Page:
Antonio Padula, Kirkland Musician, Talks About the Thongophone

The thongophone is an extraordinary instrument that originated in Papua New Guinea, where it was made from bamboo pipes lashed together to look like an inverted set of pan pipes. To get sound out of it, the top of the pipes have to be struck with something flexible, and the handiest thing to use is a rubber thong or flip-flop.

Modern technology has overtaken this venerable island instrument, and today it is more likely to be made from recycled PVC pipes. The instrument produces a sound that varies according to the length of the pipes, and the preferred method of extracting that sound is still a rubber thong.

The thongophone is known as a percussion instrument because the sound is produced by striking the top of the pipes. The instrument has been played publicly and is often thought to be similar to the didgeridoo, but it has a greater musical range, having a layout like the keyboard of a piano.

An expert thongophonist can play anything from the Game of Thrones theme to percussive jazz, with the instrument sounding like a piano, a xylophone, or a wind instrument. While still regarded as something of a novelty, many international artists have incorporated it into their music, including the quirky US-based Blue Man Group and Greek musician Yanni.

Thongophones are often found in museums, such as the Queensland Museum Sciencentre in Brisbane, Australia, where you can try your hand at playing a few notes or even a whole tune.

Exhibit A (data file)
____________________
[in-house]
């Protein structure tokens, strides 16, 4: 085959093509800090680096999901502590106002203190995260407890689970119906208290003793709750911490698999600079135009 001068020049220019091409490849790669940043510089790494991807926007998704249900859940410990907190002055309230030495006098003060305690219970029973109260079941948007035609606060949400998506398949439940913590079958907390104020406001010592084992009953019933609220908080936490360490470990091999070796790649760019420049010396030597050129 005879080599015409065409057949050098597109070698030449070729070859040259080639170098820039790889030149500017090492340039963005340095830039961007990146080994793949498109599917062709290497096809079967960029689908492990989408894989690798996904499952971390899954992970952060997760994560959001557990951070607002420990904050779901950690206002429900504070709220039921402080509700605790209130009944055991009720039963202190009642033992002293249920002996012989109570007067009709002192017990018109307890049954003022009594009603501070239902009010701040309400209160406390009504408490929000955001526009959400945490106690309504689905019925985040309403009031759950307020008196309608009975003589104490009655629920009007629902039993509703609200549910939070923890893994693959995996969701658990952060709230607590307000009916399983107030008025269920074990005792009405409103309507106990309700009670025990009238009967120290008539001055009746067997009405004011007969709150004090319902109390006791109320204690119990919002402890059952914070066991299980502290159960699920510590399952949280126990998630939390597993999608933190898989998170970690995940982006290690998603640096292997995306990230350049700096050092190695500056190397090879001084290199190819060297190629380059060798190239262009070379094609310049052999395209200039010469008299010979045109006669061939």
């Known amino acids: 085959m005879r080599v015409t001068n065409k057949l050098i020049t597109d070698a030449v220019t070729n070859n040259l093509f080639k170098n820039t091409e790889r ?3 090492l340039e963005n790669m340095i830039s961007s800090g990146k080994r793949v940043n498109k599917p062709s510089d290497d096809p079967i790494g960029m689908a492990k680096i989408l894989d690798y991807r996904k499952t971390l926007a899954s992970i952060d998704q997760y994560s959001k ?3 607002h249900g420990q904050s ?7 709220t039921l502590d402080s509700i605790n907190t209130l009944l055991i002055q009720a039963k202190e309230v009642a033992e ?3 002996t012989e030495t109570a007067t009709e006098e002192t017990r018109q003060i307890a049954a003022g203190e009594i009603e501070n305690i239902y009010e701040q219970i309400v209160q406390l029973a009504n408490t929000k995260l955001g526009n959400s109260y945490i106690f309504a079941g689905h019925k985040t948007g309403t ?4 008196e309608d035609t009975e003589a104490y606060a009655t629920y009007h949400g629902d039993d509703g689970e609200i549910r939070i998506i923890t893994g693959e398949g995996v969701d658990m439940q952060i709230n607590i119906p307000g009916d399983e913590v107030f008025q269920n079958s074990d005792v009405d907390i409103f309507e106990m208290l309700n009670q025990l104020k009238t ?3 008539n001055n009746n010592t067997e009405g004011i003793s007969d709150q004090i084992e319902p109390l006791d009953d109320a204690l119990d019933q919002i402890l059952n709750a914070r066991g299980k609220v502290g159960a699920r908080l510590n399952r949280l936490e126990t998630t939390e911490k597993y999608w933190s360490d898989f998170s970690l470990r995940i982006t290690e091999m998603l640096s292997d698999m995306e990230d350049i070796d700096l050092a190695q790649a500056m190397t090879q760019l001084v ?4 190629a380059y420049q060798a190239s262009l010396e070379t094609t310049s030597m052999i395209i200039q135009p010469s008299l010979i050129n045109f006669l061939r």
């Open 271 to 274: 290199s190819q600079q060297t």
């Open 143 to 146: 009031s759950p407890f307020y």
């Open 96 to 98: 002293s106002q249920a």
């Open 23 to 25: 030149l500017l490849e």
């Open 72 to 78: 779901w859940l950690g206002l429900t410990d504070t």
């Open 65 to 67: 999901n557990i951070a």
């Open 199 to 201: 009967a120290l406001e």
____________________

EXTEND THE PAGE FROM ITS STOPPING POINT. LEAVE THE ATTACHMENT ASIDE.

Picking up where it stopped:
For instruction, you can watch a YouTube video of one being played.

You can make your own thongophone out of PVC pipes or cardboard tubes, and using drumsticks, table tennis paddles, or anything else that will vibrate the tube and give you a sound when it is struck. You will need to cut the tubes to different lengths to give the standard piano notes C, D, E, F, G, A, and B at the front (in rising octaves if desired) and the sharps (accidental notes) at the back. Tutorials are available online, showing you how to make a thongophone from cardboard tubes and even calculates the length you need to get the different notes. Once you get the hang of it, you can try your hand at more durable materials like PVC.

Thongophones range in size from small and portable to something resembling a church organ. It is an example of the modern trend of ingenious recycling of leftover building materials and worn-out footwear. Other people’s rubbish can be your source of music!

About: Antonio Padula is the founder and main teacher of a small studio, a musical education program for children and adolescents. In the studio’s ten years of operation, Antonio Padula has become a staple of the arts community in Kirkland, Quebec. He is praised for his combination of patience and drive, encouraging young people to pursue their dreams through hard work and passion. In his spare time, Tony spends as much time as he can with his family

Connect with Antonio “Tony” Padula Online:

https://www.ted.com/profiles/11290568

https://www.quora.com/profile/Antonio-Padula

https://www.levo.com/1174382

https://vimeo.com/antoniopadulakirkland

https://www.youtube.com/channel/UCmpz7mAp4k45txU9dkazmmw/about

https://antoniopadulakirkland.blogspot.com/

Antonio Padula in Kirkland at his music studio.jpg

 

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